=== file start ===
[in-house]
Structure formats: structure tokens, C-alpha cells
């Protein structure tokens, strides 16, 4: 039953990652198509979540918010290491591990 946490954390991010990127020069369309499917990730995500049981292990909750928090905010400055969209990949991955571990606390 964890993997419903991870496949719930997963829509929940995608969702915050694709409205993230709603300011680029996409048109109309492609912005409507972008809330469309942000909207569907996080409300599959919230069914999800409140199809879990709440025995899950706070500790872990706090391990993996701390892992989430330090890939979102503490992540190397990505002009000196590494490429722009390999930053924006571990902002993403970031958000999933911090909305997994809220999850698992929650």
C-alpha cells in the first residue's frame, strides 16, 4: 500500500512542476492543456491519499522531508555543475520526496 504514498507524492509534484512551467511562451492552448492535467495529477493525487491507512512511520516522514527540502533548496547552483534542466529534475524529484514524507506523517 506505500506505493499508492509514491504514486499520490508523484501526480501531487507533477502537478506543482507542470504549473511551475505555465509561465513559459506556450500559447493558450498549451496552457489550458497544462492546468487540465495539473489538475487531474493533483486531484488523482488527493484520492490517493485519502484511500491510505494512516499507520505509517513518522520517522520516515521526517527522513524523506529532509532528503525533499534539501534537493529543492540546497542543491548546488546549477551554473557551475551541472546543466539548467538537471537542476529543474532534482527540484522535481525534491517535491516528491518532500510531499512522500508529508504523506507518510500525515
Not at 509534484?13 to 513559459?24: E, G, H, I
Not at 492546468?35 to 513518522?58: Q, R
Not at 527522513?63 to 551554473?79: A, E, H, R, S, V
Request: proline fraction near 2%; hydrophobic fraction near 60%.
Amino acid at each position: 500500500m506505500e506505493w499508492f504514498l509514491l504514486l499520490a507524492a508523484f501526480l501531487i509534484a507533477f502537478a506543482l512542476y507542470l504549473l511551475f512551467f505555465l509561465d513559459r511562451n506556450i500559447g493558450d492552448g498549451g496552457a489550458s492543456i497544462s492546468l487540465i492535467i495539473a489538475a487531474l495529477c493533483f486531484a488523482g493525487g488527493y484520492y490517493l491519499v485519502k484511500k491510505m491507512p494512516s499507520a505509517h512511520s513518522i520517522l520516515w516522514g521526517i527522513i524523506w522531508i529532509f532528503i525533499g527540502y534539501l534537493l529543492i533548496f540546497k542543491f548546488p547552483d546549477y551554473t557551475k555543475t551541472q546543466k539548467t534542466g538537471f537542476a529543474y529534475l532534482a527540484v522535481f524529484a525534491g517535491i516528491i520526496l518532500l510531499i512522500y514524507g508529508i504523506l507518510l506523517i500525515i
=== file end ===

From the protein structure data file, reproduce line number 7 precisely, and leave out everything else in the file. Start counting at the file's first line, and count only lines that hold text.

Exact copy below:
Not at 527522513?63 to 551554473?79: A, E, H, R, S, V